Hall Thompson, the controversial founder of Shaol Creek Golf and Country Club in Alabama, whose words unwittingly kicked off a racial crisis in the sport, has passed away. He was 87.
Thompson developed Shoal Creek in the Birmingham suburbs in 1977. Designed by Jack Nicklaus, the course hosted the 1984 and 1990 PGA Championships, and has consistently ranked among the best in the country for its design.
However, it's not Shoal Creek's layout that brought it notoriety; it's the golfers permitted to play on its holes. Shoal Creek was a private, all-white club when, in 1990, Thompson told the Birmingham Post-Herald that "this is our home, and we pick and choose who we want. We have the right to associate or not associate with whomever we choose." Thompson later claimed he was misquoted.
Even so, that comment set the airwaves ablaze, and that was before the Internet. Sponsors pulled $2 million in commercials from PGA Championship broadcasters ABC and ESPN. African-American groups threatened to picket the club during the tournament. And just days before the tournament began, the club gave an honorary membership to a local insurance executive.
As a result of Shoal Creek, the PGA Tour, the LPGA, the PGA of America and the USGA all adopted guidelines mandating that clubs could not discriminate. (Note that Augusta does not fall under the purview of any of these organizations.) If courses did not meet the standards, they would be dropped from consideration, and 11 clubs failed to meet the standards. (At least one, Aronomink Golf Club, has revised its policies and again is in the tournament rotation.)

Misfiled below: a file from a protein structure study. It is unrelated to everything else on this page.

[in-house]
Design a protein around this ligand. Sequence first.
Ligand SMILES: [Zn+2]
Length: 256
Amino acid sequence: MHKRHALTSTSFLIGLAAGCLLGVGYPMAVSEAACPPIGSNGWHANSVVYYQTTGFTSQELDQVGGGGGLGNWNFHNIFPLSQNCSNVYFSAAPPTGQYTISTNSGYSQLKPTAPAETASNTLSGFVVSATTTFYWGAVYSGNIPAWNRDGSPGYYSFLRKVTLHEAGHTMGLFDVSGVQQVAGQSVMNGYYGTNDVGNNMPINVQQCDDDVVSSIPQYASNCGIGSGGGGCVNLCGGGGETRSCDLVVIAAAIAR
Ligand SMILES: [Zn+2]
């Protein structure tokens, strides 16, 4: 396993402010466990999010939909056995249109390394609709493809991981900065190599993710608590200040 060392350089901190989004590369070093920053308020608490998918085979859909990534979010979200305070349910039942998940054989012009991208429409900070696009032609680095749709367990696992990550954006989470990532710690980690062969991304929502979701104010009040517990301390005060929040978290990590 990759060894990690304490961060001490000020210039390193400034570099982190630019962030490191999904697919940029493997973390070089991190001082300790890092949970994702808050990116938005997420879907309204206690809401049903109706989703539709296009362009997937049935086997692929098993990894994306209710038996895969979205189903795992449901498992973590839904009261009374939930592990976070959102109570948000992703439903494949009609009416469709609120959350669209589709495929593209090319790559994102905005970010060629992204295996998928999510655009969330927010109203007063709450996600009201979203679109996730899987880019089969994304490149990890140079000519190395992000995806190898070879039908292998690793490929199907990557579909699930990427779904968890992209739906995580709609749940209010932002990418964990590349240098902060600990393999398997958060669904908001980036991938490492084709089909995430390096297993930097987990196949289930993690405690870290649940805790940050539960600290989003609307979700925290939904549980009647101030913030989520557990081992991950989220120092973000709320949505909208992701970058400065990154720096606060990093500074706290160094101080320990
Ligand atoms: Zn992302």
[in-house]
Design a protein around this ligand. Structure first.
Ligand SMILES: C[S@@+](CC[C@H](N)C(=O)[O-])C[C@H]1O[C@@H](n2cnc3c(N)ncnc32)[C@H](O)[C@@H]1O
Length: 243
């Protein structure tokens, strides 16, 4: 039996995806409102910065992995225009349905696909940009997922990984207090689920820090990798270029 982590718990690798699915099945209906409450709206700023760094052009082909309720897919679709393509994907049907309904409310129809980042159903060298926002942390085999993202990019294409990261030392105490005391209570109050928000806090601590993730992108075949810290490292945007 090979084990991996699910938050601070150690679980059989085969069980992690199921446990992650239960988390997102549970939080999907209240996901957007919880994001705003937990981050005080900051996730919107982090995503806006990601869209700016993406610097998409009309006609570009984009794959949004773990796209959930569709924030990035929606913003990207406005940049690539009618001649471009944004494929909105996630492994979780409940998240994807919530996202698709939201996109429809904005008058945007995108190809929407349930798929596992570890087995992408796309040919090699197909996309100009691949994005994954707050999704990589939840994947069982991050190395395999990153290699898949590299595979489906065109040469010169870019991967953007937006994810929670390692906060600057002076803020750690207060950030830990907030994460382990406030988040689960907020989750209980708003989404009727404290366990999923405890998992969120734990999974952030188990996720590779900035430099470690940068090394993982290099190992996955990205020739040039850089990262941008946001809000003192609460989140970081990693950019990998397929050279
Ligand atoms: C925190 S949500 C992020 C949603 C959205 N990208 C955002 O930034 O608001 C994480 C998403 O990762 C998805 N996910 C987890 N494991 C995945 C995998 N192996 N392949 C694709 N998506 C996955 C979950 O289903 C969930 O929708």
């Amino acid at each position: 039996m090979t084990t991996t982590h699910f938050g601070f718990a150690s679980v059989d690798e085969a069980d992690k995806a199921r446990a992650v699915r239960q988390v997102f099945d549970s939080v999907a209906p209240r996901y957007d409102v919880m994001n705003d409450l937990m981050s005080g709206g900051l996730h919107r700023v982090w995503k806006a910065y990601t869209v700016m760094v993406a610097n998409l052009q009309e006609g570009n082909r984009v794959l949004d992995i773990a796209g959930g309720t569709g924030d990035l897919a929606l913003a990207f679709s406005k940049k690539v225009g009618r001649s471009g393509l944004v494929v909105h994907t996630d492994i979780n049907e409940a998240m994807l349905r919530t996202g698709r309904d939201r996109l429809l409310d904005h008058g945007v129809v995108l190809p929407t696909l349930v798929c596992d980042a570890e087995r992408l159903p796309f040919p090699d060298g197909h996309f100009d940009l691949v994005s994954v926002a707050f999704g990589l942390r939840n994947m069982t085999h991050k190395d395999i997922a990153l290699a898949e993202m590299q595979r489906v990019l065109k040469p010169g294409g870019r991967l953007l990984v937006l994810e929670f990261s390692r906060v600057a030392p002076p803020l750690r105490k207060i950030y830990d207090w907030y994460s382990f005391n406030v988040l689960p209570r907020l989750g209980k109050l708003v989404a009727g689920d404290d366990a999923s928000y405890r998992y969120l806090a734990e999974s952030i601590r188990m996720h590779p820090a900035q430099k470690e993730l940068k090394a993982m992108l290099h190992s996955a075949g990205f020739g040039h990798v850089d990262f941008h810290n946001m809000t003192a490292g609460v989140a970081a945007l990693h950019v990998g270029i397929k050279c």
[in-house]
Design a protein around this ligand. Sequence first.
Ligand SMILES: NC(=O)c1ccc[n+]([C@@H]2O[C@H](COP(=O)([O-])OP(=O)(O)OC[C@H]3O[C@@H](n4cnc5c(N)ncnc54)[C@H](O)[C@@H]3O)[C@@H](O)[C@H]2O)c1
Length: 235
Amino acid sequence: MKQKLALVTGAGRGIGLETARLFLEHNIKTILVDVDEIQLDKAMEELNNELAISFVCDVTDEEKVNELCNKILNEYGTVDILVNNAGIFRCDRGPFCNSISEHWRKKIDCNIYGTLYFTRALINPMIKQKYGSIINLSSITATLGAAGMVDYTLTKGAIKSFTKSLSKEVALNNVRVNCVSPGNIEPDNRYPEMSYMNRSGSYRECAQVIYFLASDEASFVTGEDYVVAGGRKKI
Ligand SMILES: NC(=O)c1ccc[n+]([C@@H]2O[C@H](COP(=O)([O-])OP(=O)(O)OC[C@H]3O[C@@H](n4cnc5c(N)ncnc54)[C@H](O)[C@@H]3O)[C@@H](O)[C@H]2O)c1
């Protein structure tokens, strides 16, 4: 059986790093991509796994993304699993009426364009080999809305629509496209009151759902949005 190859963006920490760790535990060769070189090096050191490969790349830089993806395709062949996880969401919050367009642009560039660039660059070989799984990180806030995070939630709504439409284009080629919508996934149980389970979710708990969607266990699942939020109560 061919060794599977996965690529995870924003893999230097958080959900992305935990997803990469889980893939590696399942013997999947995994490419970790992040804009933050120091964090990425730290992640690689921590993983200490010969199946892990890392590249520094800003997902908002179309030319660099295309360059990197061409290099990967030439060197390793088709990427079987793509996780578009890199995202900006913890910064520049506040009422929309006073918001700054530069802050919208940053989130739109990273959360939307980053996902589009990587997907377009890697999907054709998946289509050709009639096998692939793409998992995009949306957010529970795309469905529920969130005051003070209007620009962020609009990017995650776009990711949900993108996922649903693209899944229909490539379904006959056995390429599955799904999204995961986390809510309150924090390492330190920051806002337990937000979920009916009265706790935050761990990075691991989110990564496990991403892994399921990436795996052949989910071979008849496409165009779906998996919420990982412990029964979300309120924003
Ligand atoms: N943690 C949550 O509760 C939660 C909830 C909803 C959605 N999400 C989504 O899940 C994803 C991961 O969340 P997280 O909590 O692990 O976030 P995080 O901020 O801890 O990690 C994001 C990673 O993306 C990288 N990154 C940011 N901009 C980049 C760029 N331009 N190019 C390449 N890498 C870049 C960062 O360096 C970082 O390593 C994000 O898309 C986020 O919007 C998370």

Shoal Creek, meanwhile, has also gotten back in the good graces of the golf establishment -- or, more properly, the public -- and has hosted the U.S. Amateur Championship and will be hosting other tournaments in the future.
Oh, and in September 2009, former U.S. Secretary of State Condoleezza Rice became a member.